“Today’s groundbreaking on the East River Waterfront Esplanade and Piers Project marks an exciting step towards increasing connectivity and recreational access in Lower Manhattan and the Lower East Side,” said State Senator Squadron. “In addition, the project shows a commitment to job creation and sustainability. Continued community input and feedback will assure that the East River Waterfront is another step toward the vision of a unified Harbor Park, a Central Park for the center of the city.”
“Today’s groundbreaking is the first step in creating accessible parkland in Manhattan’s Lower East Side waterfront, an area long underserved by appropriate park space,” said Borough President Stringer. “For years this space has been unusable for neighborhood residents who have dreamt of its potential. Now, with the addition of a Class One bike lane, new areas for cultural, recreational, community programming and other amenities, the area’s potential will finally be realized.”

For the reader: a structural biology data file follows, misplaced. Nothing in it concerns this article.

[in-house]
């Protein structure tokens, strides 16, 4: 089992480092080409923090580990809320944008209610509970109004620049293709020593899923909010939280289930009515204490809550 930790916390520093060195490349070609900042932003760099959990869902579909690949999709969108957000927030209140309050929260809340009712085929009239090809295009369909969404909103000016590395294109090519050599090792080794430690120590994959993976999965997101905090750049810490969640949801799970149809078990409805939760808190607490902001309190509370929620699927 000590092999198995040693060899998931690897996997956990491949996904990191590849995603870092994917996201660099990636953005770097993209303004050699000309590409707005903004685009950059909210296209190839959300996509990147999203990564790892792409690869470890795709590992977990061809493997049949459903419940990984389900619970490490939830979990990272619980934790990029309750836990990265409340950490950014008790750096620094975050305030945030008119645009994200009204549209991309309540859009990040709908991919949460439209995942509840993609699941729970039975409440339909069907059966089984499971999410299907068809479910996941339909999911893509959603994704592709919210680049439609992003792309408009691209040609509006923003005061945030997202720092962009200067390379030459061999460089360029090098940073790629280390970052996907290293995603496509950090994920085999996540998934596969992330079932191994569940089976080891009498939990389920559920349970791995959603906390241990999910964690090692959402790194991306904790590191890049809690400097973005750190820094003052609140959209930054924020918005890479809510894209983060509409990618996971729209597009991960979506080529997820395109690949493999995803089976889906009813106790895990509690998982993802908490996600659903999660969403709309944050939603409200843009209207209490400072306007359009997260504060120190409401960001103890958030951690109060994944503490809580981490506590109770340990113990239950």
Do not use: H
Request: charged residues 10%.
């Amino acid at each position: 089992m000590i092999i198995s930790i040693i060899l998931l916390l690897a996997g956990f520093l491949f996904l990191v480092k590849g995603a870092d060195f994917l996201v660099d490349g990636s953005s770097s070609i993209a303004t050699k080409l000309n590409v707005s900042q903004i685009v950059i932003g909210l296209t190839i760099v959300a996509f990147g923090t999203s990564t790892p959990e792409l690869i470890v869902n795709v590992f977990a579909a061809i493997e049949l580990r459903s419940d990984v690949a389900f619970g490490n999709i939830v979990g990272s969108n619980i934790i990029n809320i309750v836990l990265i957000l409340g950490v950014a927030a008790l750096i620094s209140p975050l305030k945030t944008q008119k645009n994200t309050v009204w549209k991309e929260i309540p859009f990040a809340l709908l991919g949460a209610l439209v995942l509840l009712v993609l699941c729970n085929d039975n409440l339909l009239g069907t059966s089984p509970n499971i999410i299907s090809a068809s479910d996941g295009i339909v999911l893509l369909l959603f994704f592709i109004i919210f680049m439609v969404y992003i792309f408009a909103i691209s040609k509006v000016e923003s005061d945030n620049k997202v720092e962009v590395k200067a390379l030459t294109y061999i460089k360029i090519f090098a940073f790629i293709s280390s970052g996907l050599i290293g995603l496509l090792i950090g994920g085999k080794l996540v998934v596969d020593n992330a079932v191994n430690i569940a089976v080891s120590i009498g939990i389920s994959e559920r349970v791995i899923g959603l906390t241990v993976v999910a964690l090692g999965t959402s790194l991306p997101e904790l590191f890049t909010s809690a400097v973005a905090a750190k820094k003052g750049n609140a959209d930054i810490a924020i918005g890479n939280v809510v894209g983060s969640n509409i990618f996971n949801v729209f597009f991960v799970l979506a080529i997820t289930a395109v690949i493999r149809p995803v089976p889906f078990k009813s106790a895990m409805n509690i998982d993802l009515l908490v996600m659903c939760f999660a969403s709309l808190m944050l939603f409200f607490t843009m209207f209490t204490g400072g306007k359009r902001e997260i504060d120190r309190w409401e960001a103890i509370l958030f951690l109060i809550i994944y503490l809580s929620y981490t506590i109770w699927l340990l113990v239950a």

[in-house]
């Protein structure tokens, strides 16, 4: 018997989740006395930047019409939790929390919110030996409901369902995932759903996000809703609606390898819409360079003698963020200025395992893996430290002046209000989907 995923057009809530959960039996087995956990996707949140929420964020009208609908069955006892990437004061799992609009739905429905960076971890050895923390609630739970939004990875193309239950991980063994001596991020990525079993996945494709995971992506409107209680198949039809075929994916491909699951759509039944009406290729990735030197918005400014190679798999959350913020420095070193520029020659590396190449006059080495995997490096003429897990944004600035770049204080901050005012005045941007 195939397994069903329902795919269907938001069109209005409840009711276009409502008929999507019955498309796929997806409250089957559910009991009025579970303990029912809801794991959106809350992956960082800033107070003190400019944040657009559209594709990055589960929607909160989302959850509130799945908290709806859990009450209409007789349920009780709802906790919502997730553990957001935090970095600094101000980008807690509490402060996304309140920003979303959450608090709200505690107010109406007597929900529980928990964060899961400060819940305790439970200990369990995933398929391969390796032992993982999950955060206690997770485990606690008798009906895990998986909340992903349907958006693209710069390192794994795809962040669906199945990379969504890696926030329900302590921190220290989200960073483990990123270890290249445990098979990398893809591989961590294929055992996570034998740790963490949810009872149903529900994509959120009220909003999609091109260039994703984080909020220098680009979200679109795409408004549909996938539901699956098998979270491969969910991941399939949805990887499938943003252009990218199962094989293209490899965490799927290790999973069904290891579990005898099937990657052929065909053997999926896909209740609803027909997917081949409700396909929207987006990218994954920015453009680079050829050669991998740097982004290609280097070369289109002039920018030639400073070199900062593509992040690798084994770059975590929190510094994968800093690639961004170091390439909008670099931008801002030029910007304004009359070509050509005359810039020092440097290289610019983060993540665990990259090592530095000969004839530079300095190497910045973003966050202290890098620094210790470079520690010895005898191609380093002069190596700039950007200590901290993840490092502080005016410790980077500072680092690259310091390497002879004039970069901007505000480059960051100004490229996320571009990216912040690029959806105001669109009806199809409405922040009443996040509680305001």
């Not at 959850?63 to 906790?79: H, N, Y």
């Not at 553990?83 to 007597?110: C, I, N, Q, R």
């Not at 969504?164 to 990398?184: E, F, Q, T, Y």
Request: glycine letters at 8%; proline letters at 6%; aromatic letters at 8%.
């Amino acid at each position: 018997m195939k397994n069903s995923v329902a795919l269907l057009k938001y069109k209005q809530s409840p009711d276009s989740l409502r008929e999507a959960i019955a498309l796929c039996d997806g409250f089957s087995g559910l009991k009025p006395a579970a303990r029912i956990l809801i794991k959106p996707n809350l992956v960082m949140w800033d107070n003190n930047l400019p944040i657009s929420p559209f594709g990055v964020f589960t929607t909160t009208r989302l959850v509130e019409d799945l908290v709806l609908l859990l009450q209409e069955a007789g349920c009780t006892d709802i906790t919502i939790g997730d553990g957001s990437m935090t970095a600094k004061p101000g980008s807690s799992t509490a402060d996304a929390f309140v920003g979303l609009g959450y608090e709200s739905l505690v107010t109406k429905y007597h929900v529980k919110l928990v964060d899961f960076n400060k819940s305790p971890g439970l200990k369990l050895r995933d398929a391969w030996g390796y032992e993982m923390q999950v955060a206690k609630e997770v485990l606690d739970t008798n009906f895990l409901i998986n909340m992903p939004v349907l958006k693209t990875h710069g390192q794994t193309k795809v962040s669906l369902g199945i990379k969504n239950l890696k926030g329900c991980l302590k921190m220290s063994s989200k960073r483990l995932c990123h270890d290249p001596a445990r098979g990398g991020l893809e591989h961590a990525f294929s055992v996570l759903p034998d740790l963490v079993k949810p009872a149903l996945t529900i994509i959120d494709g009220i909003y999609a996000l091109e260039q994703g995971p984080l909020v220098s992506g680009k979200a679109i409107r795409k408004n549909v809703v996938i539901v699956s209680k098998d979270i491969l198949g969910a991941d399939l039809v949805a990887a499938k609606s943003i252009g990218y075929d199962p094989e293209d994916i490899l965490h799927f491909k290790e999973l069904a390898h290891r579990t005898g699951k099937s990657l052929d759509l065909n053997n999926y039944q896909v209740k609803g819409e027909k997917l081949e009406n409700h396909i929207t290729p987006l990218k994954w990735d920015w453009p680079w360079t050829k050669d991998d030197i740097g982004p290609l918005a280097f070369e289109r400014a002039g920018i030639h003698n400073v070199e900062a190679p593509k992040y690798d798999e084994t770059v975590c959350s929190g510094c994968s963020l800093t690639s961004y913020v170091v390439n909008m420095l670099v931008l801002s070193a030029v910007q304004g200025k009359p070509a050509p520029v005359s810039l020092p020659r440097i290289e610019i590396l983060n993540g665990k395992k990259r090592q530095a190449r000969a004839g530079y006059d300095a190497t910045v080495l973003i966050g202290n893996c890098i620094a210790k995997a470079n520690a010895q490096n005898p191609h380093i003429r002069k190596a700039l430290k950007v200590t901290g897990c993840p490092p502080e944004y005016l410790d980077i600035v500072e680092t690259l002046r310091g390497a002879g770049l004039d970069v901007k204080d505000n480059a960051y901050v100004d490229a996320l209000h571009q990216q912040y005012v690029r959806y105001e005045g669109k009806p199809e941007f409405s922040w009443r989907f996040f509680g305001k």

“It is so important that our citizens have access to a vibrant and beautiful shoreline,” said Council Member Gerson. “I join with the entire community in celebrating this long awaited revitalization of the East River waterfront.”
The East River Waterfront Esplanade and Piers Project was conceived in 2002 as part of Mayor Bloomberg’s Vision for Lower Manhattan and incorporates the Downtown East River Waterfront Concept Plan developed by Community Board 1 and the Alliance for Downtown New York, and ideas from Community Board 3’s East River Greenway Community Design Workshop. The first phase of the project will improve the existing esplanade from the Battery Maritime Building to Pier 35 to safely accommodate both pedestrians and cyclists. It will feature new plantings, seating and lighting, a dedicated bikeway and visitor-friendly designs.